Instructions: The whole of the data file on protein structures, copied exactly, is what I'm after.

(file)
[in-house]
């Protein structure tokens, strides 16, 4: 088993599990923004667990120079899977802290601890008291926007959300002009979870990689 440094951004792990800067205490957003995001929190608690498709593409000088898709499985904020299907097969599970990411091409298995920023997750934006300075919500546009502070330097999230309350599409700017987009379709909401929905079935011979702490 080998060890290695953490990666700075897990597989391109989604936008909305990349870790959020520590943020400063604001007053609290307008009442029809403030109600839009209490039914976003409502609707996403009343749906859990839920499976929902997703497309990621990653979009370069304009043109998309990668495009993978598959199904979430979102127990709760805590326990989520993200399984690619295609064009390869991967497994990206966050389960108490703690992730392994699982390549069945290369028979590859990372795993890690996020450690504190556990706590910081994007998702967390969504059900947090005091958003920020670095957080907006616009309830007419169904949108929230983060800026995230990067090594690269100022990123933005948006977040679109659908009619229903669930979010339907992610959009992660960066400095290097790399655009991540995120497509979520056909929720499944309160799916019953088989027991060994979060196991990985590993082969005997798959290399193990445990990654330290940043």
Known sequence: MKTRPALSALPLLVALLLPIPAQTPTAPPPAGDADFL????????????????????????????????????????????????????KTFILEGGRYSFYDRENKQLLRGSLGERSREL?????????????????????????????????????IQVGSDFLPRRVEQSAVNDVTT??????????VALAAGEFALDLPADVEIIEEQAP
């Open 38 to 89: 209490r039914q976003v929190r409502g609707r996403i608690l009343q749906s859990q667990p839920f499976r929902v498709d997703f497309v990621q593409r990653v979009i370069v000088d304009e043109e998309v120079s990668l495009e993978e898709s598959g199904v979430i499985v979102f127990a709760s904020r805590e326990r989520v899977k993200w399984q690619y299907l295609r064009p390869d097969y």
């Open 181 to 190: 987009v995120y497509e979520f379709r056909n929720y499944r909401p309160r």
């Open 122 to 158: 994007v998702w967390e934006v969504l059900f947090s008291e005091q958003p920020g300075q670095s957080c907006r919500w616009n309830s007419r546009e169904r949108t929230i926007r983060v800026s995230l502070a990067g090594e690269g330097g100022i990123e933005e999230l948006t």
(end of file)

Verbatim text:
[in-house]
């Protein structure tokens, strides 16, 4: 088993599990923004667990120079899977802290601890008291926007959300002009979870990689 440094951004792990800067205490957003995001929190608690498709593409000088898709499985904020299907097969599970990411091409298995920023997750934006300075919500546009502070330097999230309350599409700017987009379709909401929905079935011979702490 080998060890290695953490990666700075897990597989391109989604936008909305990349870790959020520590943020400063604001007053609290307008009442029809403030109600839009209490039914976003409502609707996403009343749906859990839920499976929902997703497309990621990653979009370069304009043109998309990668495009993978598959199904979430979102127990709760805590326990989520993200399984690619295609064009390869991967497994990206966050389960108490703690992730392994699982390549069945290369028979590859990372795993890690996020450690504190556990706590910081994007998702967390969504059900947090005091958003920020670095957080907006616009309830007419169904949108929230983060800026995230990067090594690269100022990123933005948006977040679109659908009619229903669930979010339907992610959009992660960066400095290097790399655009991540995120497509979520056909929720499944309160799916019953088989027991060994979060196991990985590993082969005997798959290399193990445990990654330290940043």
Known sequence: MKTRPALSALPLLVALLLPIPAQTPTAPPPAGDADFL????????????????????????????????????????????????????KTFILEGGRYSFYDRENKQLLRGSLGERSREL?????????????????????????????????????IQVGSDFLPRRVEQSAVNDVTT??????????VALAAGEFALDLPADVEIIEEQAP
């Open 38 to 89: 209490r039914q976003v929190r409502g609707r996403i608690l009343q749906s859990q667990p839920f499976r929902v498709d997703f497309v990621q593409r990653v979009i370069v000088d304009e043109e998309v120079s990668l495009e993978e898709s598959g199904v979430i499985v979102f127990a709760s904020r805590e326990r989520v899977k993200w399984q690619y299907l295609r064009p390869d097969y």
């Open 181 to 190: 987009v995120y497509e979520f379709r056909n929720y499944r909401p309160r």
């Open 122 to 158: 994007v998702w967390e934006v969504l059900f947090s008291e005091q958003p920020g300075q670095s957080c907006r919500w616009n309830s007419r546009e169904r949108t929230i926007r983060v800026s995230l502070a990067g090594e690269g330097g100022i990123e933005e999230l948006t």